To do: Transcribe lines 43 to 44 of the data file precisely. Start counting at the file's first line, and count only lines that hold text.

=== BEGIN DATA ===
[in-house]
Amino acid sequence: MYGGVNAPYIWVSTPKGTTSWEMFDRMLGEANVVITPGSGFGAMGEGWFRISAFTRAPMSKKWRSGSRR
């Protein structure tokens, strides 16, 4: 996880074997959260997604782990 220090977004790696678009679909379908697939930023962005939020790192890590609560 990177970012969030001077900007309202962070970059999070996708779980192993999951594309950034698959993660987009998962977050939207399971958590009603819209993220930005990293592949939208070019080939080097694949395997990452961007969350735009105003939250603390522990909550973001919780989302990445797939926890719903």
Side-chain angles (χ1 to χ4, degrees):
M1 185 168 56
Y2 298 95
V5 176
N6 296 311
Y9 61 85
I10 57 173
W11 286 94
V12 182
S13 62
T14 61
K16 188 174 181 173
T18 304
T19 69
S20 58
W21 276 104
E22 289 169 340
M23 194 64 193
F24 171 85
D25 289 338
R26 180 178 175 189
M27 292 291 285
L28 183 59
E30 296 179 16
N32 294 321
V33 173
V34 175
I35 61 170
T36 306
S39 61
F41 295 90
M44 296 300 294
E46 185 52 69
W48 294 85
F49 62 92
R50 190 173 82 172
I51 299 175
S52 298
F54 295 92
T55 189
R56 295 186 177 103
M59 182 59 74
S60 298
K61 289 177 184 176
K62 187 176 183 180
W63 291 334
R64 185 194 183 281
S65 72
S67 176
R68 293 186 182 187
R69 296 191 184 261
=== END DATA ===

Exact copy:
T55 189
R56 295 186 177 103